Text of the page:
Norris’s turn-of-the-century novel is loosely based on George Washington De Long’s U.S. North Polar expedition aboard the Jeannette (1879-81). It borrows freely from the locale (Wrangell Island and environs), the beset and crushed ship, the forced march on ice and pressure ridges, the heroic commander, the few survivors finally rescued. He adds the love interest, a strong-minded woman who resists the commander, succumbs, marries, and subtly convinces the hero that he is the one who must achieve the North Pole for the United States, knowing his safe return to be doubtful. He sails from New York in a new ship clearly modeled on Nansen’s Fram. Sources in Greely’s expedition and parallels with Robert E. Peary, who had already begun his North Pole quest and was in Northern Ellesmere land at the time of publication, are easily drawn.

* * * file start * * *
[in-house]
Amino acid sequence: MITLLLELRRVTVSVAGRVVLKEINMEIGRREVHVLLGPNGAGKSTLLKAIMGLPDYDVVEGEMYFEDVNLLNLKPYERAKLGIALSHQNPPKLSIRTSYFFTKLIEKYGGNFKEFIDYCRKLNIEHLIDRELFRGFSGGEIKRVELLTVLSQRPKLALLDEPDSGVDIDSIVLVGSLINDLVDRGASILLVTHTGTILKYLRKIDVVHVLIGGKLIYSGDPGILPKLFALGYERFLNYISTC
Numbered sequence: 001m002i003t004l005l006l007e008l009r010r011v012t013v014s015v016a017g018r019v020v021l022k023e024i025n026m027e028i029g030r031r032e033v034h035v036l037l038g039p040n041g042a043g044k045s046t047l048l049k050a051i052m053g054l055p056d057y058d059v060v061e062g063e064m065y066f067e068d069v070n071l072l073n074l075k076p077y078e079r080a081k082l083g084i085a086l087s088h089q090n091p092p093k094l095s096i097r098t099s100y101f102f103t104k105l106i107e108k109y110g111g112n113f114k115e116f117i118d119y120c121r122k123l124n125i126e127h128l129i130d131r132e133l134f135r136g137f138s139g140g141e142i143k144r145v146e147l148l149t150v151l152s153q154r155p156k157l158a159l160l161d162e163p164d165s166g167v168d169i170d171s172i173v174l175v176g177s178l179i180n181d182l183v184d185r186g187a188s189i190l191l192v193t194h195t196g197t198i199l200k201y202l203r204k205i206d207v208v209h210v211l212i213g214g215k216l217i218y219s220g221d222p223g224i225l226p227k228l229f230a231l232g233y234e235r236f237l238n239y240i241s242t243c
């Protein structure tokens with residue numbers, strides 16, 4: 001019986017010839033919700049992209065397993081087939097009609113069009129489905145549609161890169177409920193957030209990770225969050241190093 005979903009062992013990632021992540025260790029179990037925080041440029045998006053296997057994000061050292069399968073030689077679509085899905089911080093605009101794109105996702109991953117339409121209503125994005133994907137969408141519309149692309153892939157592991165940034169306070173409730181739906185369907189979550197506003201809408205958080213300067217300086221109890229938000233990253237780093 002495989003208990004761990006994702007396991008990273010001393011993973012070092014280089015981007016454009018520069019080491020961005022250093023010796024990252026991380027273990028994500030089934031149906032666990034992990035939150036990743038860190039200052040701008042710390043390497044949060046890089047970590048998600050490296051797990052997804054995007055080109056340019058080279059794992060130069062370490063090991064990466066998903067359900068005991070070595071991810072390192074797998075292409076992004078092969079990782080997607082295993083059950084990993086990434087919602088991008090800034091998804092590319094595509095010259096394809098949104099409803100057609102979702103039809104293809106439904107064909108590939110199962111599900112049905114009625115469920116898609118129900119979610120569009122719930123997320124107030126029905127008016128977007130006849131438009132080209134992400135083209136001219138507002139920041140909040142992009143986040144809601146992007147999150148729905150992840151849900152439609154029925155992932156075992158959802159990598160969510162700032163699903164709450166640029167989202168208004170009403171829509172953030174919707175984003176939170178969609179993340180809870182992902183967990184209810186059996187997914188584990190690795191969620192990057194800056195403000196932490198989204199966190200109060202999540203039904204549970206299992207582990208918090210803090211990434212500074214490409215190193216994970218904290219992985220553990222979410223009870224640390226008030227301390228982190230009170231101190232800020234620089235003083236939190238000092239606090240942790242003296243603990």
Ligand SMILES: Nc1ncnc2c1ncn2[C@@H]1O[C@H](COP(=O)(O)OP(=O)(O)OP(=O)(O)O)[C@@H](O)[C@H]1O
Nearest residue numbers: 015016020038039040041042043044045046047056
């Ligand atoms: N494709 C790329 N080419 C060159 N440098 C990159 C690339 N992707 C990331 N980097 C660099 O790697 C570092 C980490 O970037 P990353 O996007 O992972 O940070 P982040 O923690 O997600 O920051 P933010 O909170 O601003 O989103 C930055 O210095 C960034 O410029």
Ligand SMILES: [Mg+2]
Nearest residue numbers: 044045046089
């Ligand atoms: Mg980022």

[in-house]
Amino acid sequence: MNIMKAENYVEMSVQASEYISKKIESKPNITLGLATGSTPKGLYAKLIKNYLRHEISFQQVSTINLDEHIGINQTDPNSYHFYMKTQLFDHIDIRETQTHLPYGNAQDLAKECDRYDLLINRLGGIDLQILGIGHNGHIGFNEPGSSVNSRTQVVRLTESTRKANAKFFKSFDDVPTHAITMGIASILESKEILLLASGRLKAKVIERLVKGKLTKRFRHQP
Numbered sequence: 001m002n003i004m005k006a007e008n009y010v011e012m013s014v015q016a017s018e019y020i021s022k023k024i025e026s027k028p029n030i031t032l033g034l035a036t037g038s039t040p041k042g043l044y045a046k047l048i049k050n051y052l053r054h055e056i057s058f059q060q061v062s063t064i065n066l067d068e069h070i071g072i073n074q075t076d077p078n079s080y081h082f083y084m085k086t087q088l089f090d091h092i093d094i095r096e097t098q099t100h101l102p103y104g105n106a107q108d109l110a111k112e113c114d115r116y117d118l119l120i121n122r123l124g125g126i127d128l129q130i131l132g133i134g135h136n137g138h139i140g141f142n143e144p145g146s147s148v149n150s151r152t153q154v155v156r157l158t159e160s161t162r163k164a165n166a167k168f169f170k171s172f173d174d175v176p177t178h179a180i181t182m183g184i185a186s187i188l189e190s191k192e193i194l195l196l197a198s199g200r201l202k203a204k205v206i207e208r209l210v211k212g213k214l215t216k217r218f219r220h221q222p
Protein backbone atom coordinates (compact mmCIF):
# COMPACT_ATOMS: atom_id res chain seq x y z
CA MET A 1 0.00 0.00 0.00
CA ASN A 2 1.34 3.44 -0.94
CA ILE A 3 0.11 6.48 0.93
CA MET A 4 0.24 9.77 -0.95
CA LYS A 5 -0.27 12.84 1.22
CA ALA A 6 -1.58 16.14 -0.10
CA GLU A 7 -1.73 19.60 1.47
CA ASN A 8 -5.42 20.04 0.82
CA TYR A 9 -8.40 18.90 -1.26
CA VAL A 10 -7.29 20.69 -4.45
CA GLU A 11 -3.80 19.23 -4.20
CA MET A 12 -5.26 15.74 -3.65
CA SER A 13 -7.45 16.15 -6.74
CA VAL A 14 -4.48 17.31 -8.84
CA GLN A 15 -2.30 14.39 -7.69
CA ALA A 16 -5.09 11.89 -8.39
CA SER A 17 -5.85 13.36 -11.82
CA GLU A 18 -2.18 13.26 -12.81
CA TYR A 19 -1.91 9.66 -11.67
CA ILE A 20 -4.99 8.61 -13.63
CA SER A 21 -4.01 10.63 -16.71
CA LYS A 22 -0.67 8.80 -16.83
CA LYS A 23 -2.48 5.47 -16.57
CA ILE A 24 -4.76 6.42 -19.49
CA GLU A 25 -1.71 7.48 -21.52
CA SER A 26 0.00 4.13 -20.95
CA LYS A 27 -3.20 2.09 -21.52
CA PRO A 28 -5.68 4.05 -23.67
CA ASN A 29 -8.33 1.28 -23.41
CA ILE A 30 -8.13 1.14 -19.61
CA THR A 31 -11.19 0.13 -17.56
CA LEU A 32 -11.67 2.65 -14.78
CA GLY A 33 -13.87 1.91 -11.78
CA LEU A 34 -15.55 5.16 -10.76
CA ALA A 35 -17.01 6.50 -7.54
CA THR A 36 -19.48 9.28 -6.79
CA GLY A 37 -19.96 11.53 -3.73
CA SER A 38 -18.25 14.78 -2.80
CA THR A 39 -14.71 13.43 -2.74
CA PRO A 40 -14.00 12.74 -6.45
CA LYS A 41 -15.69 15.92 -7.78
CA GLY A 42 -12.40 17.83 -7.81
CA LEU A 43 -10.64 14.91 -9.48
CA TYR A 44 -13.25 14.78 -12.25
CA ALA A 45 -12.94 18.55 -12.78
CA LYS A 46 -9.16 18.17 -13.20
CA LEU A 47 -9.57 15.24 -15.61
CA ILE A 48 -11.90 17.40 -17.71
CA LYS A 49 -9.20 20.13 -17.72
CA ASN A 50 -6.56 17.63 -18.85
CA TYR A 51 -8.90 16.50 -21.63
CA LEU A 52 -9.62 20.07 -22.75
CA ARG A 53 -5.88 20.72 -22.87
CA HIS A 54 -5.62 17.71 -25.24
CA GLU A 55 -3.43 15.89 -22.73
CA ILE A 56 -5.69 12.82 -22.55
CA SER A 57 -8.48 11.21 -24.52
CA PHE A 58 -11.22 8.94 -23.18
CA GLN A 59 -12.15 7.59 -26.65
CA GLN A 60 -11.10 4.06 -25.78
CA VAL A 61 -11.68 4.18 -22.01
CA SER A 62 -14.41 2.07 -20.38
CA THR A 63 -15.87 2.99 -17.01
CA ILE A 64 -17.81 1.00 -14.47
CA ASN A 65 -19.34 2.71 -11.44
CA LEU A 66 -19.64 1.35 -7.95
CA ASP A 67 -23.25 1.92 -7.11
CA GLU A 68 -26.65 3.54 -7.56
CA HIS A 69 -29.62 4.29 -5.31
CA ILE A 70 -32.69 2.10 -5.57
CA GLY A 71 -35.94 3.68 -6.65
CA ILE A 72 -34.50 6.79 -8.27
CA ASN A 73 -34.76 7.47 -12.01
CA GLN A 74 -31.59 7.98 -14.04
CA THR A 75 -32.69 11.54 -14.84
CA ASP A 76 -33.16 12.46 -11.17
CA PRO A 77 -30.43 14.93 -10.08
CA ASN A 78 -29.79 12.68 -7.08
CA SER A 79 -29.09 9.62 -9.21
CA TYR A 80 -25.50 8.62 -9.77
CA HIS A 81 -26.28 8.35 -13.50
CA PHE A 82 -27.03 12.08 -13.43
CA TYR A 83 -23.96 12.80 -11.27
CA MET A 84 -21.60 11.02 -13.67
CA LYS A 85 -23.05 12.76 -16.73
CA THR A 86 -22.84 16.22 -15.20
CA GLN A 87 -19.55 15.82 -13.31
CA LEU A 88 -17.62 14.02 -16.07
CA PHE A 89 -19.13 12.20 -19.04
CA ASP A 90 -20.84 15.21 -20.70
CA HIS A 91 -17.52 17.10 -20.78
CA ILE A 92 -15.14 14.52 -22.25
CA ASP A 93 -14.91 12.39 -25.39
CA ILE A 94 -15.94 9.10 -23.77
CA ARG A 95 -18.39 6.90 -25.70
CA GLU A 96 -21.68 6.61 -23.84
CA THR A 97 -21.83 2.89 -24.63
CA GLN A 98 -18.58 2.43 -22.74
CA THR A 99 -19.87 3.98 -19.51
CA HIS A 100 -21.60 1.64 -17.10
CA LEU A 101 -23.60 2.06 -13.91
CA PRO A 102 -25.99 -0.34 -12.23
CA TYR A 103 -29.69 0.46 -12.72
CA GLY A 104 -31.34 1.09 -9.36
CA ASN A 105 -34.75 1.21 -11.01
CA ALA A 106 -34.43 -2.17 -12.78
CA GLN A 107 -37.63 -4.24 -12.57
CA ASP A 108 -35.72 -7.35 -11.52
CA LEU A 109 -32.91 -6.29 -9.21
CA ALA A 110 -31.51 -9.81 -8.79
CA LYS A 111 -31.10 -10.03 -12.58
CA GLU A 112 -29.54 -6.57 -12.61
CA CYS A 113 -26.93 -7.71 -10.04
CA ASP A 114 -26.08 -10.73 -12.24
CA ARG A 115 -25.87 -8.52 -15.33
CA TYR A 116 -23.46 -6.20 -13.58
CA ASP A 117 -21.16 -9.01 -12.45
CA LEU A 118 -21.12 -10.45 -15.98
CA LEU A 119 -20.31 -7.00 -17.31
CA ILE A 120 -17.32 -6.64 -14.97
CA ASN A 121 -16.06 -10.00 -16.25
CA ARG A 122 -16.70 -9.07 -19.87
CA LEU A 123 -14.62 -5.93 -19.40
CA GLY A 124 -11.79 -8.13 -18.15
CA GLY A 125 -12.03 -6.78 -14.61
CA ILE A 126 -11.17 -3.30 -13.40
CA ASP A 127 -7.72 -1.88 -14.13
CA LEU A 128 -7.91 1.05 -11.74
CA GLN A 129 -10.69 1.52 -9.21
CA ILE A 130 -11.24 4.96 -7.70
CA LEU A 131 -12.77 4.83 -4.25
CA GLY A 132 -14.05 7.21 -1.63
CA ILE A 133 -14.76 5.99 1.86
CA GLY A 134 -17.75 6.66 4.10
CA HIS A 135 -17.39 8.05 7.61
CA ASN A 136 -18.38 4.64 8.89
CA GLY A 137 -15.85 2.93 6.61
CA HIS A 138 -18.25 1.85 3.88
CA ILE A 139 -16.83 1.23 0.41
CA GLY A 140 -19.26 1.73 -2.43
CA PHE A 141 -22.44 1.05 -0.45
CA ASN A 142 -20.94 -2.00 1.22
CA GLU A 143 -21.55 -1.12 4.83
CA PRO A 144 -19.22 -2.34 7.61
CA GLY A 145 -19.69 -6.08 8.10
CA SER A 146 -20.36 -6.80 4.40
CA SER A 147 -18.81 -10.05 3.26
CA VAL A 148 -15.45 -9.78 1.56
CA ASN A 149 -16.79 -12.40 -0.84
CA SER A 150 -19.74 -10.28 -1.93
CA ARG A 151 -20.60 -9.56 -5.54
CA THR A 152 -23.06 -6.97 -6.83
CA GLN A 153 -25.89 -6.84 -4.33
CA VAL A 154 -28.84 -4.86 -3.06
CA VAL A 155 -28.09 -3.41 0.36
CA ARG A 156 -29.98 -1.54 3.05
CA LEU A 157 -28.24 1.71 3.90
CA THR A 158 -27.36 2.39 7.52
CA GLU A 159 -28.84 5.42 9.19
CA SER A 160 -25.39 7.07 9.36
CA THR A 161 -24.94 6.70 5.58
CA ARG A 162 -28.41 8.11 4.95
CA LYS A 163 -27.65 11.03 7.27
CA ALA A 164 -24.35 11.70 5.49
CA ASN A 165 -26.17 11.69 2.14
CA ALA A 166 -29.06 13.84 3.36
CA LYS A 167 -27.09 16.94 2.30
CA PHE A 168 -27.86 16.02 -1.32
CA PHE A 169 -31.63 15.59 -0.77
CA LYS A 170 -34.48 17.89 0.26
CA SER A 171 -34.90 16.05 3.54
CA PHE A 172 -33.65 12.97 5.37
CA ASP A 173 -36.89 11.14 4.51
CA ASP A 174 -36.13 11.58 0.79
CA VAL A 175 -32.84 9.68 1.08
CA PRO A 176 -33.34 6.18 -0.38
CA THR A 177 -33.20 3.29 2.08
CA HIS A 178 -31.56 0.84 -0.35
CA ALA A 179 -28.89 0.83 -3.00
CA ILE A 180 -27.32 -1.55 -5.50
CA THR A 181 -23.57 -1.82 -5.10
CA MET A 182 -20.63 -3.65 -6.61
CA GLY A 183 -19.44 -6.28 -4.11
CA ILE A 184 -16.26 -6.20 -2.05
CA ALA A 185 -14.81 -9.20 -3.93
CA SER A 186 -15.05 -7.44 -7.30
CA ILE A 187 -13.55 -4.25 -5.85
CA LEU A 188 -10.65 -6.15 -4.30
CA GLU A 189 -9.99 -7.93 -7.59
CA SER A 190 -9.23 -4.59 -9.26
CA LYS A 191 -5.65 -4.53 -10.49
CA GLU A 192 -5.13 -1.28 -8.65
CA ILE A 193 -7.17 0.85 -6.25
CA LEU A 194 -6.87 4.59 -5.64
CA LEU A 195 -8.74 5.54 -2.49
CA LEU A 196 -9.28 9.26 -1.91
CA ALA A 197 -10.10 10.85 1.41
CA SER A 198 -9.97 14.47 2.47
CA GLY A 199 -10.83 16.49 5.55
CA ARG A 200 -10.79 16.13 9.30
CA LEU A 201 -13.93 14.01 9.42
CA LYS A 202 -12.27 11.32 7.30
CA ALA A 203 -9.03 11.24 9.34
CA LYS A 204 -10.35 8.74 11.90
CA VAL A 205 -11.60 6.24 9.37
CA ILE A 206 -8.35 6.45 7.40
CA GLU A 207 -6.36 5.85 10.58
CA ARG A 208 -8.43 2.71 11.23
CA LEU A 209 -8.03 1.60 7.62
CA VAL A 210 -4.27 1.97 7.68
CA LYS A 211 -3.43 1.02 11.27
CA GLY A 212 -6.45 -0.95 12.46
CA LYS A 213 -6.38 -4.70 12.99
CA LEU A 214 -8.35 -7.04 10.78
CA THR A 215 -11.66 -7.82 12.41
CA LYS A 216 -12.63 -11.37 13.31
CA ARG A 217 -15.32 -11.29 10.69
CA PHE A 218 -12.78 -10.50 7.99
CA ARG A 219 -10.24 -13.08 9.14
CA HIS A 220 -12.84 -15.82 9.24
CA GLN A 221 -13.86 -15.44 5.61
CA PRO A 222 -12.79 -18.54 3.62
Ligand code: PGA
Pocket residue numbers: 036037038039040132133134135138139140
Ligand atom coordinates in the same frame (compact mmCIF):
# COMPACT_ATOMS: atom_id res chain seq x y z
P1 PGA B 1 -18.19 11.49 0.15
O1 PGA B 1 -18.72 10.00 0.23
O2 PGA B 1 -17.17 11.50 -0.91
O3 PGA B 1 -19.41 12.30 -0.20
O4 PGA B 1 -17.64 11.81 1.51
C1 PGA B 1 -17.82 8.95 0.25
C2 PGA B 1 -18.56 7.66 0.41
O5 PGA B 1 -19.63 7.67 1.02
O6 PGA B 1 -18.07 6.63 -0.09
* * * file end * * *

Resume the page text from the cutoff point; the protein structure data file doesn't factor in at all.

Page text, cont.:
This edition is the first separate publication of the novel, a year after its first appearance in combination with McTeague. See also Sherwood, John C. “Norris and the Jeannette,” PQ 37 (April 1958) 245-55 which says the sources for the novel are 1) a San Francisco acquaintance, Joseph Hodgson, who was part of a Jeannette search aboard the Rodgers; 2) De Long’s own account; and 3) Greely’s Three Years of Arctic Services. Similarities of the two stories include two cutters and a whaleboat; McClintock sledges and dogs; mock moons; starvation diets; amputation of limbs; and a series of parallel passages of De Long’s journal and Norris’ novel which shows fairly direct borrowing. But Norris’s Ward Bennett doesn’t have the personality of De Long—if he had there would be no novel.